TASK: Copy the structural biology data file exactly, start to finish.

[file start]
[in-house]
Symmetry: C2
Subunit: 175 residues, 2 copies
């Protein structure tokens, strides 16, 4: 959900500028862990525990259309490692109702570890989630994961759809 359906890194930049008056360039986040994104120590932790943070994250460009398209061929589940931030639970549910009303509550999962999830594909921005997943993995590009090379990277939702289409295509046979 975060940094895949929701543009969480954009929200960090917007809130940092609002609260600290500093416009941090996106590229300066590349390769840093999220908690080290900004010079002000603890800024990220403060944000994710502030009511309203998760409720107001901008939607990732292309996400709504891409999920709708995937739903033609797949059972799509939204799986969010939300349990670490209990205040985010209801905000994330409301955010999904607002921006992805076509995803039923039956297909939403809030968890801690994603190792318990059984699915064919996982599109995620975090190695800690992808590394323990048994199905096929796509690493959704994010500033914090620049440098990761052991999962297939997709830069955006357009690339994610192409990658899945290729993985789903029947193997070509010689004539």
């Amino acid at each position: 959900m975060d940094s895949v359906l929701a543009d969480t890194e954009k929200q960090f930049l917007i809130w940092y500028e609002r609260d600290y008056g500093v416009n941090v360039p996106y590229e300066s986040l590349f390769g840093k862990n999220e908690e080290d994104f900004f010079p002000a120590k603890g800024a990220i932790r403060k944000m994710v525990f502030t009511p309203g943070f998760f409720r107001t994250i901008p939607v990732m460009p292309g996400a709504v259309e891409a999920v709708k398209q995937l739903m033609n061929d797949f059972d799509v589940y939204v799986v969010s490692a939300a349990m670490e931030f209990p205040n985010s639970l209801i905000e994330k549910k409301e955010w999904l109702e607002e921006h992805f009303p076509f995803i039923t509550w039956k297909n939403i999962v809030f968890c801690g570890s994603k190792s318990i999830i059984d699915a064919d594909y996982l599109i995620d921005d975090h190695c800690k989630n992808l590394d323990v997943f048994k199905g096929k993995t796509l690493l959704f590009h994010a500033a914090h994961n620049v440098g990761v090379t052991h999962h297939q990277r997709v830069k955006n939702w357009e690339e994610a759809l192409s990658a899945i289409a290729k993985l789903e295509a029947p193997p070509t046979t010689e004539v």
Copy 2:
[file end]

[in-house]
Symmetry: C2
Subunit: 175 residues, 2 copies
């Protein structure tokens, strides 16, 4: 959900500028862990525990259309490692109702570890989630994961759809 359906890194930049008056360039986040994104120590932790943070994250460009398209061929589940931030639970549910009303509550999962999830594909921005997943993995590009090379990277939702289409295509046979 975060940094895949929701543009969480954009929200960090917007809130940092609002609260600290500093416009941090996106590229300066590349390769840093999220908690080290900004010079002000603890800024990220403060944000994710502030009511309203998760409720107001901008939607990732292309996400709504891409999920709708995937739903033609797949059972799509939204799986969010939300349990670490209990205040985010209801905000994330409301955010999904607002921006992805076509995803039923039956297909939403809030968890801690994603190792318990059984699915064919996982599109995620975090190695800690992808590394323990048994199905096929796509690493959704994010500033914090620049440098990761052991999962297939997709830069955006357009690339994610192409990658899945290729993985789903029947193997070509010689004539």
């Amino acid at each position: 959900m975060d940094s895949v359906l929701a543009d969480t890194e954009k929200q960090f930049l917007i809130w940092y500028e609002r609260d600290y008056g500093v416009n941090v360039p996106y590229e300066s986040l590349f390769g840093k862990n999220e908690e080290d994104f900004f010079p002000a120590k603890g800024a990220i932790r403060k944000m994710v525990f502030t009511p309203g943070f998760f409720r107001t994250i901008p939607v990732m460009p292309g996400a709504v259309e891409a999920v709708k398209q995937l739903m033609n061929d797949f059972d799509v589940y939204v799986v969010s490692a939300a349990m670490e931030f209990p205040n985010s639970l209801i905000e994330k549910k409301e955010w999904l109702e607002e921006h992805f009303p076509f995803i039923t509550w039956k297909n939403i999962v809030f968890c801690g570890s994603k190792s318990i999830i059984d699915a064919d594909y996982l599109i995620d921005d975090h190695c800690k989630n992808l590394d323990v997943f048994k199905g096929k993995t796509l690493l959704f590009h994010a500033a914090h994961n620049v440098g990761v090379t052991h999962h297939q990277r997709v830069k955006n939702w357009e690339e994610a759809l192409s990658a899945i289409a290729k993985l789903e295509a029947p193997p070509t046979t010689e004539v």
Copy 2: